A five-storey 1920s townhouse in Amsterdam's upmarketOud-Zuid (Old South) district, just a short cycle ride from the city's museums. The 400sq m footprint of this modern home (opens in new tab) features a kitchen, family room, conservatory and dining area on the ground floor. On the first floor there is a living room (opens in new tab), office and studio. The master and guest bedrooms (opens in new tab) and a laundry room are on the second floor, with the children’s rooms (opens in new tab) on the third floor. There's also a playroom (opens in new tab) in the basement and a south-facing garden.
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A luxurious customised dove-grey corner sofa gives the main living area a modern, classical feel. Plenty of plump cushions createan invitingly laid back yet chic sitting area.
The chandelier adds a grown-up decoration to a relaxed space that feels assured but not at all precious. The chunky wooden table sits centre stage, with natural tones and the layering of different textures adding richness.
The traditional feel of the Twenties townhouse has been conserved, creating living spaces on the ground floor that are light and welcoming. The use of large portrait photography creates a modern edge in this relaxed space, flooded with natural light from the tall window.
The former kitchen was redesigned as a family dining area. The window seat was designed as a reading nook, with a radiator hidden away underneath to keep it cosy year round.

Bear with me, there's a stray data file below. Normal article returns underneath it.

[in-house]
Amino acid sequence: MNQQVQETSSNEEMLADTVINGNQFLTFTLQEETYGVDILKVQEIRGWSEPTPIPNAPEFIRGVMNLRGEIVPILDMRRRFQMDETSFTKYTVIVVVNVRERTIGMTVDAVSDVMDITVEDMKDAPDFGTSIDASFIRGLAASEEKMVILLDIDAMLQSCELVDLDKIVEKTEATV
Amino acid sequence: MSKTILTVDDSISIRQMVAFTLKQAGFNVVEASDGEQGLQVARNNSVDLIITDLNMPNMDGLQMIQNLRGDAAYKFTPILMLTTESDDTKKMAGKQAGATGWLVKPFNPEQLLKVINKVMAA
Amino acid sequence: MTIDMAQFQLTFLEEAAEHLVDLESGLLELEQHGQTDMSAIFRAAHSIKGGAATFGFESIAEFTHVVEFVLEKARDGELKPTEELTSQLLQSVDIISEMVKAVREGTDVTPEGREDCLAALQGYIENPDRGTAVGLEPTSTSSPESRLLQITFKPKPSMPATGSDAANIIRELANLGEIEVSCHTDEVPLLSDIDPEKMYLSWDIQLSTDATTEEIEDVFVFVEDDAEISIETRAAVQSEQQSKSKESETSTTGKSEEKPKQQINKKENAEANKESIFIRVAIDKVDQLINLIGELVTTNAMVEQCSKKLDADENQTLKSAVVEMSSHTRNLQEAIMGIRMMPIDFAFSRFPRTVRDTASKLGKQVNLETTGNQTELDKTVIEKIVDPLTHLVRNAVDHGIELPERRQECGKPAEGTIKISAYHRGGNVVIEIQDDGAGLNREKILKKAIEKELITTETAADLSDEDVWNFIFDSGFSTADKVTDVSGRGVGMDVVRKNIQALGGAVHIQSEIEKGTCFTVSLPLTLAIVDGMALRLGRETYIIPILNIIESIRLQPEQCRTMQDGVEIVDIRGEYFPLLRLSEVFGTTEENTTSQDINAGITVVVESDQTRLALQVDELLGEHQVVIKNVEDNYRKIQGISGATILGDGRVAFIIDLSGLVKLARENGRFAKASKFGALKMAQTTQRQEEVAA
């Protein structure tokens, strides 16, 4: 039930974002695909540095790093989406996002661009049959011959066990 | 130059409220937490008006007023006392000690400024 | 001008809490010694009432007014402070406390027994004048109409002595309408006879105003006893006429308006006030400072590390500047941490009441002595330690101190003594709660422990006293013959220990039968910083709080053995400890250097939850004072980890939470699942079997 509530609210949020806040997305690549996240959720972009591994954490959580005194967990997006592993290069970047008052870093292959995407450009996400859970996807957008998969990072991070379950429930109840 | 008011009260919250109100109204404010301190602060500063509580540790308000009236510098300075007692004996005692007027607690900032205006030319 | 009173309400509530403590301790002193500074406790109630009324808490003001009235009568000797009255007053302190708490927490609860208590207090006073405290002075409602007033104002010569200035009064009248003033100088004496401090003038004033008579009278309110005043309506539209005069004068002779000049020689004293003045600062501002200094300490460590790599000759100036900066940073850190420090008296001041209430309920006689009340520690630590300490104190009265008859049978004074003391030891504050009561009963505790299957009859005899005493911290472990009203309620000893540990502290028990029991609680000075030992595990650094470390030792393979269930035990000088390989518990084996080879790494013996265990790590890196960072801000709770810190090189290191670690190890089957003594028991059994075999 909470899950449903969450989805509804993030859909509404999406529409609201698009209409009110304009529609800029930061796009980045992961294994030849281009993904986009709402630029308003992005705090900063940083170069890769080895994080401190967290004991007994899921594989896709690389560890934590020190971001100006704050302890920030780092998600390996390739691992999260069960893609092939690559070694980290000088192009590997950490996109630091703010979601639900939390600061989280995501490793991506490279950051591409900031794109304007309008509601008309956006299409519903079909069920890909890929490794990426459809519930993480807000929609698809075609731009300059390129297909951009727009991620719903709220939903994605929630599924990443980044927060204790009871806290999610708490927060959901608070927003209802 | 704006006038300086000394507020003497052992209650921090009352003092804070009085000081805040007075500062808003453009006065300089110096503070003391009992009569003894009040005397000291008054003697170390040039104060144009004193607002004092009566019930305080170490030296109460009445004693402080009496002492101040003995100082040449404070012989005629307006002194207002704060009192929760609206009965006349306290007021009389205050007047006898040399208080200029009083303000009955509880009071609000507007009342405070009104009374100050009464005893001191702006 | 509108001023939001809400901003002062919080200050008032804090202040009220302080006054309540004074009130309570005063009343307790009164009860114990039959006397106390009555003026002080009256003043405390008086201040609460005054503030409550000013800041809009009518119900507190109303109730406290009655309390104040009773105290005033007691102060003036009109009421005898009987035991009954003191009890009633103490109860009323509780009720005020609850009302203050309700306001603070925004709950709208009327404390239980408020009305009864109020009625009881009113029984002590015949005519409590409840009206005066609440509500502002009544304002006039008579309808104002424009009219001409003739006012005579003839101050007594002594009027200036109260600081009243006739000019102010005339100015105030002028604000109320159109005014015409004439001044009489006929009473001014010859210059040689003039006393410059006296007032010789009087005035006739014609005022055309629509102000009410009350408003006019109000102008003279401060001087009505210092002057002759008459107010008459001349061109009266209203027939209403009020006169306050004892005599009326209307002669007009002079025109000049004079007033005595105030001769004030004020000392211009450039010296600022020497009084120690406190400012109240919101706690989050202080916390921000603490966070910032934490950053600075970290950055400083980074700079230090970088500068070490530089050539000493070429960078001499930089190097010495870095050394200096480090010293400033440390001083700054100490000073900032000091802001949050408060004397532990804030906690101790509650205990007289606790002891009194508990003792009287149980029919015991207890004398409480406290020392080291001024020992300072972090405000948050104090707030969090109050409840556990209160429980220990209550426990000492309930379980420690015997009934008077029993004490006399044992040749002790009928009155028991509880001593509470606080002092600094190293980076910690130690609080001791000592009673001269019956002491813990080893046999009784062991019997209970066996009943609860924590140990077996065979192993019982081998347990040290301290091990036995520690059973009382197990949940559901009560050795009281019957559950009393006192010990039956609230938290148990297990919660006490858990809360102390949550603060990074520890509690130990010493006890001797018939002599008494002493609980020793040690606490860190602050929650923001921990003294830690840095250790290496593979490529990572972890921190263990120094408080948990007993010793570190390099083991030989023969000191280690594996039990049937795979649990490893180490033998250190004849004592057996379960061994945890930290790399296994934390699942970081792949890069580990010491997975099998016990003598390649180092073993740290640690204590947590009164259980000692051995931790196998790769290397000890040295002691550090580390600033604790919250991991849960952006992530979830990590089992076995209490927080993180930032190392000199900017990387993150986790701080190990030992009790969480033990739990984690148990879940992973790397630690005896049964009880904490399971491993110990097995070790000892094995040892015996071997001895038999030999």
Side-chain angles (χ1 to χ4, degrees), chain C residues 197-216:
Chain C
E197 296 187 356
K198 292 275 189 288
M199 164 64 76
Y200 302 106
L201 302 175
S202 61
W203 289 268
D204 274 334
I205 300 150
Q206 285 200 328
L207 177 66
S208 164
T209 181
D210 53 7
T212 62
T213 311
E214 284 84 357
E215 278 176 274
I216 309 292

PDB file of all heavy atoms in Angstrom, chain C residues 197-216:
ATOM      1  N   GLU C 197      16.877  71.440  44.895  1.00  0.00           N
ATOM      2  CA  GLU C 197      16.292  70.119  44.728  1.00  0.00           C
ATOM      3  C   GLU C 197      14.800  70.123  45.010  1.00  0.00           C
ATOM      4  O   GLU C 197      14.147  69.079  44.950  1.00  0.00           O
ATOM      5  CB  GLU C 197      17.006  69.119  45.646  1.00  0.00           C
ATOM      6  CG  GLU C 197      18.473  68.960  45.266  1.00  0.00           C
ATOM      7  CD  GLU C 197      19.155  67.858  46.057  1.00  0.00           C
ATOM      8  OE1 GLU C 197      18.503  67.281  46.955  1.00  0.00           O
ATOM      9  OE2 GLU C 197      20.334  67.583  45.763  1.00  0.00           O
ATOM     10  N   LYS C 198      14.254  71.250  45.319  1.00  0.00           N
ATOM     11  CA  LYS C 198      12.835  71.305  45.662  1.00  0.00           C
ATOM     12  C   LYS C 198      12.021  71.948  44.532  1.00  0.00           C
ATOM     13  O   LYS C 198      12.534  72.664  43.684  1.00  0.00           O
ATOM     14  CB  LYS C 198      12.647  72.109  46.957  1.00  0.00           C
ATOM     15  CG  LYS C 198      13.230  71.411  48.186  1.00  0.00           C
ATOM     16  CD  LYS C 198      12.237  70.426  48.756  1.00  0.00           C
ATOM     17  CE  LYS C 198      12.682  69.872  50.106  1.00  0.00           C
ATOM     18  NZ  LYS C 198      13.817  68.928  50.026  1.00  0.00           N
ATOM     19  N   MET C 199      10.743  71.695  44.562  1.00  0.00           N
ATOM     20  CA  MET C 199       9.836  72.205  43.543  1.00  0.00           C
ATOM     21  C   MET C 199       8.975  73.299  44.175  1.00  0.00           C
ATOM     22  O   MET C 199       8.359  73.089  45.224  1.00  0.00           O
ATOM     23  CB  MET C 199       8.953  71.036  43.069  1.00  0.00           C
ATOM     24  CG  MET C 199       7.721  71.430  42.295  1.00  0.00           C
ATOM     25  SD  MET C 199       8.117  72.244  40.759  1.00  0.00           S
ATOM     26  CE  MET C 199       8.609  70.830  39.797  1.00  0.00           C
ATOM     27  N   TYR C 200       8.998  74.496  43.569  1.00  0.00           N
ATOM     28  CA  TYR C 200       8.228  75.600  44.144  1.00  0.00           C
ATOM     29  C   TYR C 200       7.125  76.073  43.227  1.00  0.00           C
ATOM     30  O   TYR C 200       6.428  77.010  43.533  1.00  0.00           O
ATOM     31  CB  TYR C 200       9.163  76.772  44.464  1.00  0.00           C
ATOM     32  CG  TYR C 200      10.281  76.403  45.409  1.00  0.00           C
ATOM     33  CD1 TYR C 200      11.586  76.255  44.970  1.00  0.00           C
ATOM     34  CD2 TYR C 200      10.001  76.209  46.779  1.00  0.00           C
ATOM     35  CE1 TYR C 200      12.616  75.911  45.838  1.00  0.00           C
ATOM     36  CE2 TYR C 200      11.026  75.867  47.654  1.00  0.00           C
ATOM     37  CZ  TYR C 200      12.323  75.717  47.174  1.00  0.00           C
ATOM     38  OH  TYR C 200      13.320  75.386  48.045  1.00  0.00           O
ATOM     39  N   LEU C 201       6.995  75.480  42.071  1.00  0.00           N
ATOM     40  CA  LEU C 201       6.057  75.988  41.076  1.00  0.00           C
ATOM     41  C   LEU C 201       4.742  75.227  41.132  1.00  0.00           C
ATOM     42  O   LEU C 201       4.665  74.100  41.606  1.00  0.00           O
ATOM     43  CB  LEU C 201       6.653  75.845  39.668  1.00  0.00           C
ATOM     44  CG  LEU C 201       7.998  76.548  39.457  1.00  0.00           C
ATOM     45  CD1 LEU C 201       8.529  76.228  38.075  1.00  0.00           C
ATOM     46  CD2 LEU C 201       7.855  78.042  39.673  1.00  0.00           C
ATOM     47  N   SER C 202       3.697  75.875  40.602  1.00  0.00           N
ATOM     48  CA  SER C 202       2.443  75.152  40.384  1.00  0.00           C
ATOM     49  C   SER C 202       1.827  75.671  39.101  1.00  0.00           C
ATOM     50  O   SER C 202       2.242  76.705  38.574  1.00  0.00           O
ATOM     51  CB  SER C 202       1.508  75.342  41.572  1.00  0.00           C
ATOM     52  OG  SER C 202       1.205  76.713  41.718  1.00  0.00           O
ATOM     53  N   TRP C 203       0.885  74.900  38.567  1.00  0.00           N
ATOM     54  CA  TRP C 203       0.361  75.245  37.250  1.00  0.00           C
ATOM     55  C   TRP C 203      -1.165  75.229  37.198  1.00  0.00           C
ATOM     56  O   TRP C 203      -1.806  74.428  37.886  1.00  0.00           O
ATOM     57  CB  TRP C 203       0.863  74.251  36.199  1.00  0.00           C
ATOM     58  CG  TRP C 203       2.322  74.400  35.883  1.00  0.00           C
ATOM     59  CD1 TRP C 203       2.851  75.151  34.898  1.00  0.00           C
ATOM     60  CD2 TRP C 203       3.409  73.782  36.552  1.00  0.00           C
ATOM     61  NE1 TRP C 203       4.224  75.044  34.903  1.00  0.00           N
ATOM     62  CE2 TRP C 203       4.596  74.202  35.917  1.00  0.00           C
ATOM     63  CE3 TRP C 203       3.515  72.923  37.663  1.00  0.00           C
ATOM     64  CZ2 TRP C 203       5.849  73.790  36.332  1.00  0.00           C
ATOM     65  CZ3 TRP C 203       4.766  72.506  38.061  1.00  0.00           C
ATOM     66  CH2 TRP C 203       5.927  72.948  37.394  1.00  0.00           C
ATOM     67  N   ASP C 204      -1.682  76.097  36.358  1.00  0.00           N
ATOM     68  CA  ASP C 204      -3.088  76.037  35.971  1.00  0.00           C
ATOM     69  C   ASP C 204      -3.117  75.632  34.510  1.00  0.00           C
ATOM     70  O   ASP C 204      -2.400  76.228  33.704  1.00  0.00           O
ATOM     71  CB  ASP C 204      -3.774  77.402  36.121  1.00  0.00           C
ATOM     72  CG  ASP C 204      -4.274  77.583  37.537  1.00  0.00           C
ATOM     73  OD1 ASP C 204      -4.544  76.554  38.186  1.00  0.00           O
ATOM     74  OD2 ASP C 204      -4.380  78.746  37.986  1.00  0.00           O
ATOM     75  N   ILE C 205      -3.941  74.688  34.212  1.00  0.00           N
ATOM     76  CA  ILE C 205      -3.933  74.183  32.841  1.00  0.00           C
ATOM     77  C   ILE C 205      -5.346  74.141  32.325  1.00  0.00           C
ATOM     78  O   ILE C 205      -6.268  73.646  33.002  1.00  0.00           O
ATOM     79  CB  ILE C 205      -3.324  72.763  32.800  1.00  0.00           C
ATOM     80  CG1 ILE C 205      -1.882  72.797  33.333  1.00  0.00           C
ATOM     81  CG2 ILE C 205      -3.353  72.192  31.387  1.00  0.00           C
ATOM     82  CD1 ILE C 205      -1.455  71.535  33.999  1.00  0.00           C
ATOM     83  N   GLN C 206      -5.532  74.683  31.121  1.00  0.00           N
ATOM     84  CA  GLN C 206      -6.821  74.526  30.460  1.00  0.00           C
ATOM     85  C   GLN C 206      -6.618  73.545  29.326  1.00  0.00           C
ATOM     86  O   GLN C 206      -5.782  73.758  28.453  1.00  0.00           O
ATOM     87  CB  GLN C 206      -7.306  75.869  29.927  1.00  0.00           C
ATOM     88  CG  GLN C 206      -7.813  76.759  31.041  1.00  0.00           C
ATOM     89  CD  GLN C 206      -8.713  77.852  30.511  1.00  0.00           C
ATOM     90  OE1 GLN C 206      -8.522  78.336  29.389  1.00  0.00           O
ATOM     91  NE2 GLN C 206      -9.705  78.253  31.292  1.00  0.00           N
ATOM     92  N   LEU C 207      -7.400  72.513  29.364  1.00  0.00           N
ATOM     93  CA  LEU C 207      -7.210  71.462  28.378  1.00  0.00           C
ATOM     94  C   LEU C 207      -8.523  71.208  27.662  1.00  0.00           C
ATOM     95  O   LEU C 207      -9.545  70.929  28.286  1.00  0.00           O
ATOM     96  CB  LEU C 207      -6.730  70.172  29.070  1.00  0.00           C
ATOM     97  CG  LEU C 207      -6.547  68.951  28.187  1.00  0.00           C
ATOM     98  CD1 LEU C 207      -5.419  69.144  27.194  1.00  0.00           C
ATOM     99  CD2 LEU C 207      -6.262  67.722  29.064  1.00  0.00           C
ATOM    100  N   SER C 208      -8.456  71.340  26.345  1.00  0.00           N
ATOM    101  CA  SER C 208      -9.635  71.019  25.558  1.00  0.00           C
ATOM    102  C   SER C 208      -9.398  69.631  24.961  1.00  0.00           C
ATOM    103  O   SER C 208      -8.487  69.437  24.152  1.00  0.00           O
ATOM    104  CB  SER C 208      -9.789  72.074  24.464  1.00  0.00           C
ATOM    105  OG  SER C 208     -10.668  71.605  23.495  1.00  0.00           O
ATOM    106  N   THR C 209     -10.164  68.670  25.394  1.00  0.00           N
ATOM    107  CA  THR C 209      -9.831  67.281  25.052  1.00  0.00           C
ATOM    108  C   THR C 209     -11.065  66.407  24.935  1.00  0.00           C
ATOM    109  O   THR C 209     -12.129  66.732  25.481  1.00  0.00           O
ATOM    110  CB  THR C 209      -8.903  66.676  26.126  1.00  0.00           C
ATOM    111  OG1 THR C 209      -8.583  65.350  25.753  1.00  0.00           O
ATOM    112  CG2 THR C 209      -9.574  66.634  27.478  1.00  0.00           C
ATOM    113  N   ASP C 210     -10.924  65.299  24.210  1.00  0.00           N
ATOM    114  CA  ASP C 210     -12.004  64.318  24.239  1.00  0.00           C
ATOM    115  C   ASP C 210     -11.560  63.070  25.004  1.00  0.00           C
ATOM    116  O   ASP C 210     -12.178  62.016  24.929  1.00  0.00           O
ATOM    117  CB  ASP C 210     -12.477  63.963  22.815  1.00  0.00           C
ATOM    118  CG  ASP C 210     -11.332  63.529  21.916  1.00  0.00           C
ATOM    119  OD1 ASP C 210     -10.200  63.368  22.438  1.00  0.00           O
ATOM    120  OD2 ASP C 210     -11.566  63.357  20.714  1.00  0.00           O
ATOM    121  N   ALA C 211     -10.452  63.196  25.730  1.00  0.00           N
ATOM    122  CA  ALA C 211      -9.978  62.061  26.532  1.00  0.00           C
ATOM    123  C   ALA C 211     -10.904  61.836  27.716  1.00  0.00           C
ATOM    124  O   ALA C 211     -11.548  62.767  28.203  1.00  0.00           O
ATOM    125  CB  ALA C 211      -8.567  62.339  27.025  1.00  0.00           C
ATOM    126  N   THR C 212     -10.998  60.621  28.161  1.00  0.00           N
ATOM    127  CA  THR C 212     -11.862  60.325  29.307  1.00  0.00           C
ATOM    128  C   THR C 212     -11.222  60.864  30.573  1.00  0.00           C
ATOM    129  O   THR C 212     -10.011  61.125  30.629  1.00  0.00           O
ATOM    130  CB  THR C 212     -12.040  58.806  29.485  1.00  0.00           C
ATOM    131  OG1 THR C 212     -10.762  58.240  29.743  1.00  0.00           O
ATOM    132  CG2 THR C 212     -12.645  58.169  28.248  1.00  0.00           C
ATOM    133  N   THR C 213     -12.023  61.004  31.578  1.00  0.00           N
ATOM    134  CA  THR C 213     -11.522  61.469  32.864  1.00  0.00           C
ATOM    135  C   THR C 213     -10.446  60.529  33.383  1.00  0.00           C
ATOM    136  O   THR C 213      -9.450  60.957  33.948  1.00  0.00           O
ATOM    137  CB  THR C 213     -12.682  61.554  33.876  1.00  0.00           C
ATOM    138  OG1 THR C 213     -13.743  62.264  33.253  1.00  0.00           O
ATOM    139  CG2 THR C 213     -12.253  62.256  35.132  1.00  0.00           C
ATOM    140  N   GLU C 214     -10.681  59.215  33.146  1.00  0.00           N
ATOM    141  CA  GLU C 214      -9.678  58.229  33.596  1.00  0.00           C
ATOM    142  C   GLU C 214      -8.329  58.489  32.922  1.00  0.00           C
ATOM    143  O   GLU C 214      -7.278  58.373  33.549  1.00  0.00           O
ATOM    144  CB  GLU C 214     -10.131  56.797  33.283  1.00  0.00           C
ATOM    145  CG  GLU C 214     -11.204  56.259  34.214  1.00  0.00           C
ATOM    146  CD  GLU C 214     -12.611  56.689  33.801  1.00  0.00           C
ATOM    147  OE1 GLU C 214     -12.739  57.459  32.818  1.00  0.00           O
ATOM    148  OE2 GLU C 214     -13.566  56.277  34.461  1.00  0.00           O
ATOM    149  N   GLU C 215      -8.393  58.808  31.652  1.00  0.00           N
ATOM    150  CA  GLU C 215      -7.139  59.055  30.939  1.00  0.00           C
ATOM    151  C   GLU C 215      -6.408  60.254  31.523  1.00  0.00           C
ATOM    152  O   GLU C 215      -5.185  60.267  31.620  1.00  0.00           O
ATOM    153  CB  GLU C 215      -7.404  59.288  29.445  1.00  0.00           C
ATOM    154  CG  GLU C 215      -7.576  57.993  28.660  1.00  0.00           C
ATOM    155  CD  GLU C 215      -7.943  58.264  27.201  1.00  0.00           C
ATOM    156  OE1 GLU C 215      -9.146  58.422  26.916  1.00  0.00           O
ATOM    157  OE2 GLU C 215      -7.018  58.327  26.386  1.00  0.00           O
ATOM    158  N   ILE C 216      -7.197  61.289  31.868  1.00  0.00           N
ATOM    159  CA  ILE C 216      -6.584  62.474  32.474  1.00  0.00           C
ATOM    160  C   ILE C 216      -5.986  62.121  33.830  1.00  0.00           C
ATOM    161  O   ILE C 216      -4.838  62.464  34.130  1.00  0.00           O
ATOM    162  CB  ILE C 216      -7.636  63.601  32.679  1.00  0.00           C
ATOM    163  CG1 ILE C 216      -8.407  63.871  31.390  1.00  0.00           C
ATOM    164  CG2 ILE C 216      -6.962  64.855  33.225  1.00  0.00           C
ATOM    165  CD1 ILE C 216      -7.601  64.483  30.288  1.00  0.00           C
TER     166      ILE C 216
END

The upstairs studio is a peaceful place for working from home. The original fireplace, printed wallpaper, trailing plants andevocative artefacts give an eclectic, global feel.
Walls and surfaces in the studio are peppered with artwork and unusual finds, such as photographs, framedpoetry and a blush-rose, semi-precious quartz.
The kitchen was designed using mellow, understated materials such as 200-year-old parquet flooring, reclaimed from a French monastery.Wooden joinery was chosen to echo the lived-in tones, with floor-to-ceiling storage allowing the space to work for a family.
A large photograph is one of the first things you see as you step into the kitchen, adding a sense of drama. The Art Deco glass door helps to introduce even more light.
See Also: The 15 best modern kitchen ideas (opens in new tab) - stylish, smart and chic
Previous owners had left their mark on the house in the double-height extension at the back. The built-in modern fireplace and white walls are softened by the addition of a hanging basket chairhovering over toe-cossetting rugs,creating another informal family zone.
The layout of this space was reconfigured to include a separate dressing room (opens in new tab), with reclaimed French doors leading to the bathroom. Built-in shelving on either side of the bed creates storage without detracting from the calm, serene feel of the room.
The former bathroom was given a bohemian face-lift using a mixof antique pieces and modern touches, such as the Chinese cabinet and contemporary patterned floor tiles.
This neat cloakroom (opens in new tab) on the third floor is brought to life by the wallpaper, adding a sense of playfulness which complements the rest of the house's down-to-earth feel.
Check out more of this home onnicoledohmen.com and nicolinebeerkens.com
Photography ⁄ Marc van Praag
Styling / Nicole Dohmen
Shining a spotlight on the now and the next in home design and decor, Livingetc is the UK's best selling high end and contemporary home design magazine. As a brand, Livingetc showcases the world's very best homes, breaks and makes the trends, and has access to leading international designers for insight and ideas. It was first published in 1998, and is currently edited by Pip Rich.
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